Congratulations to David Osorio on Published Opinion from the CA Court of Appeal

On June 17, 2024, the California Court of Appeal for the Second District issued its opinion in Chavez v. Alco Harvesting, LLC reversing and vacating the trial court’s order granting the defendants’ demurrer in a case involving the death of an employee who contracted Covid-19 at work.

Leodegario Chavez Alvarado worked as a foreman and bus driver for Alco Harvesting LLC., a full service custom harvest management company, specializing in agriculture related commodities and managing both domestic and h2a employees throughout the California and Arizona farming regions.  Many employers who employ seasonal farm workers offer employees housing and deduct the cost of rent from their wages.  During the Covid-19 pandemic, Alco housed employees at the Hotel Santa Maria, including Mr. Chavez. 

On or about June 26, 2020 Mr. Chavez began feeling ill with symptoms associated with COVID-19 and immediately reported feeling unwell to his supervisors.  On July 2, 2020, Mr. Chavez tested positive for COVID-19.   Within a week after his positive test, Mr. Chavez died.

Maria Chavez, Mr. Chavez’s widow, sued Alco in Santa Barbara County for negligence, premises liability, and wrongful death, alleging Alco knew that the close living quarters in which it housed employees facilitated COVID-19 transmission and that Alco failed to inform Mr. Chavez and his coworkers when COVID-19 broke out at the Santa Maria Hotel.  Moreover, she alleged Alco failed to report the outbreak to the health department or “implement adequate safety measures or measures to prevent or curb the outbreak.”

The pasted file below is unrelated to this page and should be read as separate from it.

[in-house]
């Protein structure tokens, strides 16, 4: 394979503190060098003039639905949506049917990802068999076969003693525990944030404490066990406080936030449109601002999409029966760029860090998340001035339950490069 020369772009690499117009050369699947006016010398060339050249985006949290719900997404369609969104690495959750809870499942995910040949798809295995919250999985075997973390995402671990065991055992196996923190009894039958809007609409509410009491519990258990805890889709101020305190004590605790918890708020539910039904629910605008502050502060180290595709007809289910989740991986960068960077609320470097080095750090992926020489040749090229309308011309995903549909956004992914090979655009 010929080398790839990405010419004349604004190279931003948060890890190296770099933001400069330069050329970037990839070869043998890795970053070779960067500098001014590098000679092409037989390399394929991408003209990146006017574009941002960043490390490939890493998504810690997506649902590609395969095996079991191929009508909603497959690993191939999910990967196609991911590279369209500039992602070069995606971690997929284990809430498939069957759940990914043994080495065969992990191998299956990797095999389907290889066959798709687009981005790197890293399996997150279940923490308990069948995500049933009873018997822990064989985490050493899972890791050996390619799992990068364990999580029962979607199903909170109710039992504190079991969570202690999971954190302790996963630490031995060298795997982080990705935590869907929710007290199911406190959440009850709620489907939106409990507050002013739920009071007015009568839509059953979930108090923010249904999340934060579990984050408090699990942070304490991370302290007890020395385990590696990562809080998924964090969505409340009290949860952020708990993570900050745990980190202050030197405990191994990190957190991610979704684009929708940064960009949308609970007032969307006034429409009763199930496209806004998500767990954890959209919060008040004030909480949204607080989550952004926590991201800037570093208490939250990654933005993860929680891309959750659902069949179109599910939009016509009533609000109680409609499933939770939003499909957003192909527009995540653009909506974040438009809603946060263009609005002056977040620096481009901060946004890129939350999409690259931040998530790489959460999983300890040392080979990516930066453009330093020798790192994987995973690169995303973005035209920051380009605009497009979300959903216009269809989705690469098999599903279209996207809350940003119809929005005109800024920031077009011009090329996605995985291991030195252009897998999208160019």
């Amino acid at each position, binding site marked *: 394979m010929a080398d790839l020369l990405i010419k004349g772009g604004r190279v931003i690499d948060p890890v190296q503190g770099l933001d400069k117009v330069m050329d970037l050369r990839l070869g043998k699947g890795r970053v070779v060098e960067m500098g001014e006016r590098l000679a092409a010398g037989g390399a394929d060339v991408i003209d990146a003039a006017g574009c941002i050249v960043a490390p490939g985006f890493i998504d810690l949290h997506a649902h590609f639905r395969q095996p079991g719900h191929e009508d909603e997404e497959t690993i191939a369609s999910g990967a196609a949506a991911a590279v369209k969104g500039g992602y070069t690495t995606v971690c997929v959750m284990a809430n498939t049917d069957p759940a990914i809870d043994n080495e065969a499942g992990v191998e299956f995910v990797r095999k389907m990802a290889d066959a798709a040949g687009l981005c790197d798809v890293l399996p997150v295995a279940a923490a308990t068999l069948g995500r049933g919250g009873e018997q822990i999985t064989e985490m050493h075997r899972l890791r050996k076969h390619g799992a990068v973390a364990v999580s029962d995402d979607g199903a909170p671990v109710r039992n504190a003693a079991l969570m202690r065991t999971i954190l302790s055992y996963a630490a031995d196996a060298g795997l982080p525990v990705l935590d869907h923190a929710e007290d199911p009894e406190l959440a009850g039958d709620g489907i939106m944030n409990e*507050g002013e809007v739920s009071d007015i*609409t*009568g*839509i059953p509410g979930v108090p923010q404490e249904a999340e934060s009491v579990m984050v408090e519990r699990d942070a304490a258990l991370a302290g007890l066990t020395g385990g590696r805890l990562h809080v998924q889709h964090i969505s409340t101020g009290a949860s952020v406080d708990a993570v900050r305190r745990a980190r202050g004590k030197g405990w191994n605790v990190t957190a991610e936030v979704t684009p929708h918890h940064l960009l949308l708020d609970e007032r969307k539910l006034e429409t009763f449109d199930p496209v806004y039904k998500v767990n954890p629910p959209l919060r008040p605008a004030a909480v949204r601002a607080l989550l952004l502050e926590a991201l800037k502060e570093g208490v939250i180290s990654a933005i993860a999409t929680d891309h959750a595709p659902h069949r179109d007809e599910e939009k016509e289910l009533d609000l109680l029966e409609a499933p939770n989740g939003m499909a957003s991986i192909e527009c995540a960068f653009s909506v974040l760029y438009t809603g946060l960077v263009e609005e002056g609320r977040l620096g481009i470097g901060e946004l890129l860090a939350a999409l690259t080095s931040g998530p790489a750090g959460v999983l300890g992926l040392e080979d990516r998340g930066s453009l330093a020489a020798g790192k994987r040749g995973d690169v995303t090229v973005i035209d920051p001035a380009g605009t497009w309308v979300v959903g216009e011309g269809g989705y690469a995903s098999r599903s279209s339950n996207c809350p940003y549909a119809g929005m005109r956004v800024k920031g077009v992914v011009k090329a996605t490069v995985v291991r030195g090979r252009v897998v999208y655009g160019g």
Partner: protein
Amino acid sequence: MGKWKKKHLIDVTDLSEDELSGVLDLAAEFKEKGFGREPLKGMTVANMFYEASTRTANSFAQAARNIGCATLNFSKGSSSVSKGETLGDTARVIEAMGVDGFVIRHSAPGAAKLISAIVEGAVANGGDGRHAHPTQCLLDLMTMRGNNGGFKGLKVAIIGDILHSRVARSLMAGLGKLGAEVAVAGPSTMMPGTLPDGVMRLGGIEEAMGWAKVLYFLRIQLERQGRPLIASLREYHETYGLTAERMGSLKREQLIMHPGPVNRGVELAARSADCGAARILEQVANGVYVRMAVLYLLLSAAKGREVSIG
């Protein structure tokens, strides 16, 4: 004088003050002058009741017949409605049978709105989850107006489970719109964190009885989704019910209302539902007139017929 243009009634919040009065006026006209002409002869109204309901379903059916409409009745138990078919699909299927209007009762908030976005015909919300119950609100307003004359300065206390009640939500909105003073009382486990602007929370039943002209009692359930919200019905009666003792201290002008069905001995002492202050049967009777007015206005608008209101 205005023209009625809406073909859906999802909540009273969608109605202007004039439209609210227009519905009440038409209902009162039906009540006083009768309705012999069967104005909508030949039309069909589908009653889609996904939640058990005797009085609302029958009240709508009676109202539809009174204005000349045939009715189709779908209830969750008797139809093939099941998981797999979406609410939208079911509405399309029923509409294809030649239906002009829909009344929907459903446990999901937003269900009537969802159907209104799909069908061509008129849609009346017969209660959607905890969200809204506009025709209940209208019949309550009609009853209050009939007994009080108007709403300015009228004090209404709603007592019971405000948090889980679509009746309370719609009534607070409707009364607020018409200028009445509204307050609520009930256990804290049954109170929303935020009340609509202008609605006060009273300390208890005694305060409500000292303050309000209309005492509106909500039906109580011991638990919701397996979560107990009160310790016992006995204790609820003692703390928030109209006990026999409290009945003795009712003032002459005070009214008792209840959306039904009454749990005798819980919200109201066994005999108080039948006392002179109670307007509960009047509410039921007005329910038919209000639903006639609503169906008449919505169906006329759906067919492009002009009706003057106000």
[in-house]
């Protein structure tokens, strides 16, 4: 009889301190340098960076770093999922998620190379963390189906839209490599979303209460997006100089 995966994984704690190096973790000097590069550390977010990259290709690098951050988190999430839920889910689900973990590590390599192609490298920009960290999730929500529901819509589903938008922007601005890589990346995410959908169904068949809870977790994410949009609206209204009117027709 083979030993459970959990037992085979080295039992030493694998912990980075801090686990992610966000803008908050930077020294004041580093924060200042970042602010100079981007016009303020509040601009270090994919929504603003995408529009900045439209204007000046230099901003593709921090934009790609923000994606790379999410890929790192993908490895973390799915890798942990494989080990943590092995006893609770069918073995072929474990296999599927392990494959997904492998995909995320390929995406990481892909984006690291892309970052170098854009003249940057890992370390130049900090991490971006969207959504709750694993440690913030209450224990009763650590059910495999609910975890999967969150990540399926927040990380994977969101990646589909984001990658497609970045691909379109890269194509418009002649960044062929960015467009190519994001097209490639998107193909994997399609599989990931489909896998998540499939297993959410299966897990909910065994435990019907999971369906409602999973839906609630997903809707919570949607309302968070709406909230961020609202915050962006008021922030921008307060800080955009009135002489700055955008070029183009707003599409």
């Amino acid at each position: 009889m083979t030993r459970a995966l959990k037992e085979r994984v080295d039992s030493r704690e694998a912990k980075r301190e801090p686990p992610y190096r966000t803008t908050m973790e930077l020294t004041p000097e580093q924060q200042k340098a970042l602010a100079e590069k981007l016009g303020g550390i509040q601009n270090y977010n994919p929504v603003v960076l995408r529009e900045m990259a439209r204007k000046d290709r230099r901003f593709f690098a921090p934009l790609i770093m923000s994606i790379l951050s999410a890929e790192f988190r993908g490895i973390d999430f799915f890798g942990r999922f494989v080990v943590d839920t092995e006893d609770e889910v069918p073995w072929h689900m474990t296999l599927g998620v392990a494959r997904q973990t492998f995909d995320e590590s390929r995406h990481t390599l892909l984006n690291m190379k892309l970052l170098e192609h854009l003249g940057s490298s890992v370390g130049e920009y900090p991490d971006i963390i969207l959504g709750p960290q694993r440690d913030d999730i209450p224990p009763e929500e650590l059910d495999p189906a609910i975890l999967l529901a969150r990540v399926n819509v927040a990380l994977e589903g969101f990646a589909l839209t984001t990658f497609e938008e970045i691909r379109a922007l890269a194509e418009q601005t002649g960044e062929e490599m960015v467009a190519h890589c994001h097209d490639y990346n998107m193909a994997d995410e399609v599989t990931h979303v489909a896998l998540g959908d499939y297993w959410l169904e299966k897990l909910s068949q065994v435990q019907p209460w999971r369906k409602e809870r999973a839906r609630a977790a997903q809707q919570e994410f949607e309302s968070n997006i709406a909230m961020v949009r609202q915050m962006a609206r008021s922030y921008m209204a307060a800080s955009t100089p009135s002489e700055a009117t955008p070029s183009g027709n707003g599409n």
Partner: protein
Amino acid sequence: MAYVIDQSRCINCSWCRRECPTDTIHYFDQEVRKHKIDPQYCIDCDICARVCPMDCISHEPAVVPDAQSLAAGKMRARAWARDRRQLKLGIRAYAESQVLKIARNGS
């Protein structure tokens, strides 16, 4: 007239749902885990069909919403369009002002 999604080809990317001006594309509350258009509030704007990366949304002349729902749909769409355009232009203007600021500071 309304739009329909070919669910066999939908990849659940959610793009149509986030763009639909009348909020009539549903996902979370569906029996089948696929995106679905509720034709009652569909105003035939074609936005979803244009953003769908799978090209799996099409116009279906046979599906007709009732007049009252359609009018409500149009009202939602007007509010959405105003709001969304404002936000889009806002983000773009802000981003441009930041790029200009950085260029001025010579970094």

Alco argued in a demurrer attacking Ms. Chavez’s suit that the claims had to be adjudicated under the Workers’ Compensation scheme.  As a general rule, a person hurt on the job (or the surviving spouse of a deceased worker) can recover certain remedies only by filing a Workers’ Compensation claim.  But, a workers’ compensation claim does not ordinarily allow injured workers the ability to recover damages for pain and suffering.  In this case, the trial court agreed with Alco, essentially tossing out Ms. Chavez’s case seeking pain and suffering on behalf of Mr. Chavez.  

An exception to the general Workers Compensation exclusivity rule exists “[w]here the employee’s injury is aggravated by the employer’s fraudulent concealment of the existence of the injury and its connection with the employment . . . .” (Lab. Code, § 3602, subd. (b)(2).) Three elements comprise this exception: (1) the employer must have known that the plaintiff had suffered a work-related injury; (2) the employer concealed that knowledge from the plaintiff; and (3) the injury was aggravated as a result of such concealment. (Palestini v. General Dynamics Corp. (2002) 99 Cal.App.4th 80, 90; see also Jimenez v. Mrs. Gooch’s Natural Food Markets, Inc. (2023) 95 Cal.App.5th 645, 658.) The employer must have actual knowledge of the injury; constructive or imputed knowledge is insufficient. (Hughes Aircraft Co. v. Superior Court (1996) 44 Cal.App.4th 1790, 1796.)

In reviewing the trial court’s order sustaining Alco’s demurrer de novo, the court of appeal disagreed that Ms. Chavez had not sufficiently argued the three elements comprising the exception.

With the help of David Osorio and his former firm prior to joining DHG Legal, Ms. Chavez successfully appealed the Santa Barbara County Superior Court’s order.  She will now be able to proceed with her lawsuit and have her day in court.